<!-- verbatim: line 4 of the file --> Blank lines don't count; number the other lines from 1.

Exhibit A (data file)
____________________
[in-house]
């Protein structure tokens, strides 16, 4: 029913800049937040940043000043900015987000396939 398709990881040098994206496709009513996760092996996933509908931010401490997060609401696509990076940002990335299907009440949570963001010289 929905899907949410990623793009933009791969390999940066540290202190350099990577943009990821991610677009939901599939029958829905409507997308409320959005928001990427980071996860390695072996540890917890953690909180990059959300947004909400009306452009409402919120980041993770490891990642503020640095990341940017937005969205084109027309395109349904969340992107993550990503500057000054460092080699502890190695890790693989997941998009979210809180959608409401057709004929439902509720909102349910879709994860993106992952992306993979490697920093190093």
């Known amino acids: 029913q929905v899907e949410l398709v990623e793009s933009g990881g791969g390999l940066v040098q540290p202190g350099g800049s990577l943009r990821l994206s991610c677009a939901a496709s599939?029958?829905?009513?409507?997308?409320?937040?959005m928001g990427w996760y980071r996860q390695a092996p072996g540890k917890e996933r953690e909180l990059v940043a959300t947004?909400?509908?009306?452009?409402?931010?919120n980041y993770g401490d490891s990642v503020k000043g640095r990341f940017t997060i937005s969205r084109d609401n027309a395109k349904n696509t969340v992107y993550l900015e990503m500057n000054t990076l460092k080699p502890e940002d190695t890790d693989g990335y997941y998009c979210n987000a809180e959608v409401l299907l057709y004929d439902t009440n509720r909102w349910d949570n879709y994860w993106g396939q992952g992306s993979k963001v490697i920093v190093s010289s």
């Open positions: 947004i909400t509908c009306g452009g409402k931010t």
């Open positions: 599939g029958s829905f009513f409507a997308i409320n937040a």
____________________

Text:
């Open positions: 947004i909400t509908c009306g452009g409402k931010t």